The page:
The party had changed its name to BRS in October 2022, to reflect supremo K. Chandrashekar Rao’s national ambitions. Two months later, the Election Commission of India approved the name change, paving the way for KCR, as the former chief minister is popularly known, to expand the party’s footprint beyond Telangana.

However, the recent defeat in the assembly elections poured cold water on his ambitions. Many senior leaders now say the party lost its connect with the people of the state once it started projecting itself as a national party. “It was one of the key reasons why we lost the elections. We could not invoke the Telangana sentiment as we had done in the past,” senior leader Srinivas Yadav said.


Former CM and BRS supremo K. Chandrashekar Rao
Former CM and BRS supremo K. Chandrashekar Rao

In the past few weeks, the demand to revert to the party’s original avatar has been gaining momentum. The matter has been coming up during meetings conducted by BRS working president (and KCR’s son) K.T. Rama Rao and former minister T. Harish Rao, as they encourage introspection on the party’s performance in the assembly elections and try to motivate the cadre for the upcoming Lok Sabha polls.

“The party leadership has been apprised of the sentiments of the leaders,” Harish Rao said. The TRS, founded in 2001 to fight for the statehood cause, spearheaded the agitation, culminating in the bifurcation of undivided Andhra Pradesh to carve out Telangana in 2014.

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The weight of an education

Celebrated author R.K. Narayan, who was a nominated member of the Rajya Sabha, spoke only once in Parliament — in 1986. The issue he chose was the weight of school bags and their impact on the health of children. The writer made a fervent appeal for ‘abolition of school bags’ as a national policy.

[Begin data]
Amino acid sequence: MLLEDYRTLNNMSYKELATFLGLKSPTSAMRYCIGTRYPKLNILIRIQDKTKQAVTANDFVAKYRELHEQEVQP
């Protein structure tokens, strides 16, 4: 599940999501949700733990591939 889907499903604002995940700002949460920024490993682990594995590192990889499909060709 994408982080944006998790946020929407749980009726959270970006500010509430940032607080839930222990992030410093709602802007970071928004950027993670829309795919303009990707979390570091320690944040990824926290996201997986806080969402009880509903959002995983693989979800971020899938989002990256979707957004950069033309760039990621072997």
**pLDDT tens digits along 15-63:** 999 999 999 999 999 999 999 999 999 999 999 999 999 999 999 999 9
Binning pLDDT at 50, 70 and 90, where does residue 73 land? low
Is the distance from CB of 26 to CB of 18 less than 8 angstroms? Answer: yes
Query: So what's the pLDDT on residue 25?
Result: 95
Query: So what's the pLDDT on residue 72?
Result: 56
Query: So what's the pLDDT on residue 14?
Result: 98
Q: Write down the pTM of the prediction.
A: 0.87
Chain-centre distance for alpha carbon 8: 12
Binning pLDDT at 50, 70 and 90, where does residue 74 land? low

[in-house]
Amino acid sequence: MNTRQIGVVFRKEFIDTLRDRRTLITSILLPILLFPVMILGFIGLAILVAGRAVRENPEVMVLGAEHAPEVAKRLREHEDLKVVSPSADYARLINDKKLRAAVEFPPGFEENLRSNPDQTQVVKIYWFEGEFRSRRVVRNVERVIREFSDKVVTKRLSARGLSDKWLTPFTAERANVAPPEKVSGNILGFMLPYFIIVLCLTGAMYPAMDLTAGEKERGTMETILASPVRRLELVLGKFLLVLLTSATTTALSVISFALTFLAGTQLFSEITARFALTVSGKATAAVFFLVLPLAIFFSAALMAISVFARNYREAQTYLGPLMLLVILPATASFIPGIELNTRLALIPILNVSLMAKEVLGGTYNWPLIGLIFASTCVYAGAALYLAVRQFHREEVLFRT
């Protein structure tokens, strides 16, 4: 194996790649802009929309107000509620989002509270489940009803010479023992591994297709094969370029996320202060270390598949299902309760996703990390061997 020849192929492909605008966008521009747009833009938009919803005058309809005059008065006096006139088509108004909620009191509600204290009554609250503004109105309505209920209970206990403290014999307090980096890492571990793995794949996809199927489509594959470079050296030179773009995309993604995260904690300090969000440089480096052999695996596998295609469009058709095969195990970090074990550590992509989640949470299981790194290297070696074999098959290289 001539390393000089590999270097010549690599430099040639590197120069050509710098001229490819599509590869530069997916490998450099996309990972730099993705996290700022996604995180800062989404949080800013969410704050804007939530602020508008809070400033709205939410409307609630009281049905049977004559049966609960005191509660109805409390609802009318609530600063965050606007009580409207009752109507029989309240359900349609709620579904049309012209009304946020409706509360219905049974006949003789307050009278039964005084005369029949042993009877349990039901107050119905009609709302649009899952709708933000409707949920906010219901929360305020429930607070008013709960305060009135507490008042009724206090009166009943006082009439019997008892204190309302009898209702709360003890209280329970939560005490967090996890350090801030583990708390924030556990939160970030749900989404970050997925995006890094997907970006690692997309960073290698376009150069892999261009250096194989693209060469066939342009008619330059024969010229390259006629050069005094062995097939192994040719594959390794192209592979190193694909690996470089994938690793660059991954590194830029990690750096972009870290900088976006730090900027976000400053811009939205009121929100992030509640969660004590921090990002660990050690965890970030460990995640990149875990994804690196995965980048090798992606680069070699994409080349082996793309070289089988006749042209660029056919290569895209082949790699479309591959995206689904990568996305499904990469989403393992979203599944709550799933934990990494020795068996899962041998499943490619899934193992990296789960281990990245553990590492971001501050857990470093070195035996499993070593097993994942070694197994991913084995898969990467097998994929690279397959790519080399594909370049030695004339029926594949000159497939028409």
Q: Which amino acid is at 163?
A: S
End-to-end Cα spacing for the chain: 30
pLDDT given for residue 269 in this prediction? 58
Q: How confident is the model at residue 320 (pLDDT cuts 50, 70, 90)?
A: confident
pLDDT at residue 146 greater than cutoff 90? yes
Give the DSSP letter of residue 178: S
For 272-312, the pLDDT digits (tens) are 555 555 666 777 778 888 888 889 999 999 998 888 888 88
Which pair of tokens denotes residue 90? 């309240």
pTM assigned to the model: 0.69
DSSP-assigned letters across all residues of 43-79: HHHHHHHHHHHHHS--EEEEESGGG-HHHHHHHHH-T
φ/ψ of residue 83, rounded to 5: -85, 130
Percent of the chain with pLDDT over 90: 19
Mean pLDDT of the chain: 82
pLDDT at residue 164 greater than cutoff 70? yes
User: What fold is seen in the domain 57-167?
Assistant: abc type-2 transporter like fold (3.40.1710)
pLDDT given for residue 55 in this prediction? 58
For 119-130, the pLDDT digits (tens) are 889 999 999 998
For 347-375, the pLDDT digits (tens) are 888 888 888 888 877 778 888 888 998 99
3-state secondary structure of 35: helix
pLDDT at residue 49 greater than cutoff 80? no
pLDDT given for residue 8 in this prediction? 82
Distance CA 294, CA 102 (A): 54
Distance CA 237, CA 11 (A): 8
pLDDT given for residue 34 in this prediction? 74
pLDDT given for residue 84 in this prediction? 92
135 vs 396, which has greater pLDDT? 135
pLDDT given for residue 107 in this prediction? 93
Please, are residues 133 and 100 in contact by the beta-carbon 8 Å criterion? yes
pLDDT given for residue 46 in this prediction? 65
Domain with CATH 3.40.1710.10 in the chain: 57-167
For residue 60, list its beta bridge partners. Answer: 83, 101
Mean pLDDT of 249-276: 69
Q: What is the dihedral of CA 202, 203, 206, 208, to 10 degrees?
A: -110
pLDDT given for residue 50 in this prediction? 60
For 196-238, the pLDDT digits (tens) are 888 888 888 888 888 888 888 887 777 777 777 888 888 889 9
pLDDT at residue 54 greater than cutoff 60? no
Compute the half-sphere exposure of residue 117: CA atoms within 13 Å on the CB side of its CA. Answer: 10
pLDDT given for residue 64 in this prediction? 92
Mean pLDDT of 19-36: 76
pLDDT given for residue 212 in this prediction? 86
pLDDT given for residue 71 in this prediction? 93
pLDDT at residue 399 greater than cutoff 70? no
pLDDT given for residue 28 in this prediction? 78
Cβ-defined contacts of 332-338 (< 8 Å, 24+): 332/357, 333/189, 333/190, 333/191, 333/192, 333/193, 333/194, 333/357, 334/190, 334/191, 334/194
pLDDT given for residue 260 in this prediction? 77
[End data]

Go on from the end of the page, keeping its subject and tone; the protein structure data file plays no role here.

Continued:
More than three-and-a-half decades later, school-children across the country continue to bear the burden, despite concerns voiced by doctors and educationists. Many schools still prioritise academic pressure over the well-being of students. As a result, overloaded backpacks are causing a range of health problems, including back pain and spinal deformities.

The new Congress government has finally taken the first step to reducing the load. From the next academic year, school bags will be lighter by at least 25 per cent, per a State School Education Department proposal to bring down the thickness of paper in textbooks. From 90 gsm, the paper grammage will be reduced to 70 gsm — resulting in school bags becoming 25–30 per cent lighter, depending on the class. Preliminary esti￾mates suggested that Class 10 textbooks, which now weigh around 4.5 kg collectively, will come down by more than a kilo.